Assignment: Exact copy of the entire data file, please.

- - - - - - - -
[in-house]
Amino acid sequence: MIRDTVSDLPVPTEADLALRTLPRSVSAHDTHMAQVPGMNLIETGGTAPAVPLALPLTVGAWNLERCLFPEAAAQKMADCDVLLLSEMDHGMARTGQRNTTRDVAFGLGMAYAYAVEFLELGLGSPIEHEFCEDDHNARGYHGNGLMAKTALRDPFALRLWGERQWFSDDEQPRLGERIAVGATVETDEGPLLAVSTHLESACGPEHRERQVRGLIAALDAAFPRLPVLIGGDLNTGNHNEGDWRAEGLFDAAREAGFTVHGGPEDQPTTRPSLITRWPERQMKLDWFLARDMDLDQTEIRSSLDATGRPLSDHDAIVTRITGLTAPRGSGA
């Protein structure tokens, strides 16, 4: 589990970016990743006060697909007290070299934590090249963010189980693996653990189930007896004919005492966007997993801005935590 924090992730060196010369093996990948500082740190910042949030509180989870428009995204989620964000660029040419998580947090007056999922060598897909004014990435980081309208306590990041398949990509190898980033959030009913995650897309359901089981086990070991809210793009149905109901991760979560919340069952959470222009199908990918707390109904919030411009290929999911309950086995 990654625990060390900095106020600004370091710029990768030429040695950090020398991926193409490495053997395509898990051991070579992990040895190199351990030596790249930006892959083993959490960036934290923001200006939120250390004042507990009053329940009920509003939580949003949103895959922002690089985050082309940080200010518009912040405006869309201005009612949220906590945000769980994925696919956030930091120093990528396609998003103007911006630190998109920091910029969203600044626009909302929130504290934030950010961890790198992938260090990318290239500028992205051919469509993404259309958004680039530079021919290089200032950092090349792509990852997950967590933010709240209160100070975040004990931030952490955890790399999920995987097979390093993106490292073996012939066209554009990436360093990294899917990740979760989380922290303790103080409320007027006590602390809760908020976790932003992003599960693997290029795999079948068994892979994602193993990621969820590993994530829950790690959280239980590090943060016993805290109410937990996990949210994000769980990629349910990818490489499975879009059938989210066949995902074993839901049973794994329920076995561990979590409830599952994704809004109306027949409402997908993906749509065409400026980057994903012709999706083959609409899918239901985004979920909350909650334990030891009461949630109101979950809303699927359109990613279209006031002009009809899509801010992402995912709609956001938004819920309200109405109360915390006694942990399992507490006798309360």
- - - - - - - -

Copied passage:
[in-house]
Amino acid sequence: MIRDTVSDLPVPTEADLALRTLPRSVSAHDTHMAQVPGMNLIETGGTAPAVPLALPLTVGAWNLERCLFPEAAAQKMADCDVLLLSEMDHGMARTGQRNTTRDVAFGLGMAYAYAVEFLELGLGSPIEHEFCEDDHNARGYHGNGLMAKTALRDPFALRLWGERQWFSDDEQPRLGERIAVGATVETDEGPLLAVSTHLESACGPEHRERQVRGLIAALDAAFPRLPVLIGGDLNTGNHNEGDWRAEGLFDAAREAGFTVHGGPEDQPTTRPSLITRWPERQMKLDWFLARDMDLDQTEIRSSLDATGRPLSDHDAIVTRITGLTAPRGSGA
């Protein structure tokens, strides 16, 4: 589990970016990743006060697909007290070299934590090249963010189980693996653990189930007896004919005492966007997993801005935590 924090992730060196010369093996990948500082740190910042949030509180989870428009995204989620964000660029040419998580947090007056999922060598897909004014990435980081309208306590990041398949990509190898980033959030009913995650897309359901089981086990070991809210793009149905109901991760979560919340069952959470222009199908990918707390109904919030411009290929999911309950086995 990654625990060390900095106020600004370091710029990768030429040695950090020398991926193409490495053997395509898990051991070579992990040895190199351990030596790249930006892959083993959490960036934290923001200006939120250390004042507990009053329940009920509003939580949003949103895959922002690089985050082309940080200010518009912040405006869309201005009612949220906590945000769980994925696919956030930091120093990528396609998003103007911006630190998109920091910029969203600044626009909302929130504290934030950010961890790198992938260090990318290239500028992205051919469509993404259309958004680039530079021919290089200032950092090349792509990852997950967590933010709240209160100070975040004990931030952490955890790399999920995987097979390093993106490292073996012939066209554009990436360093990294899917990740979760989380922290303790103080409320007027006590602390809760908020976790932003992003599960693997290029795999079948068994892979994602193993990621969820590993994530829950790690959280239980590090943060016993805290109410937990996990949210994000769980990629349910990818490489499975879009059938989210066949995902074993839901049973794994329920076995561990979590409830599952994704809004109306027949409402997908993906749509065409400026980057994903012709999706083959609409899918239901985004979920909350909650334990030891009461949630109101979950809303699927359109990613279209006031002009009809899509801010992402995912709609956001938004819920309200109405109360915390006694942990399992507490006798309360």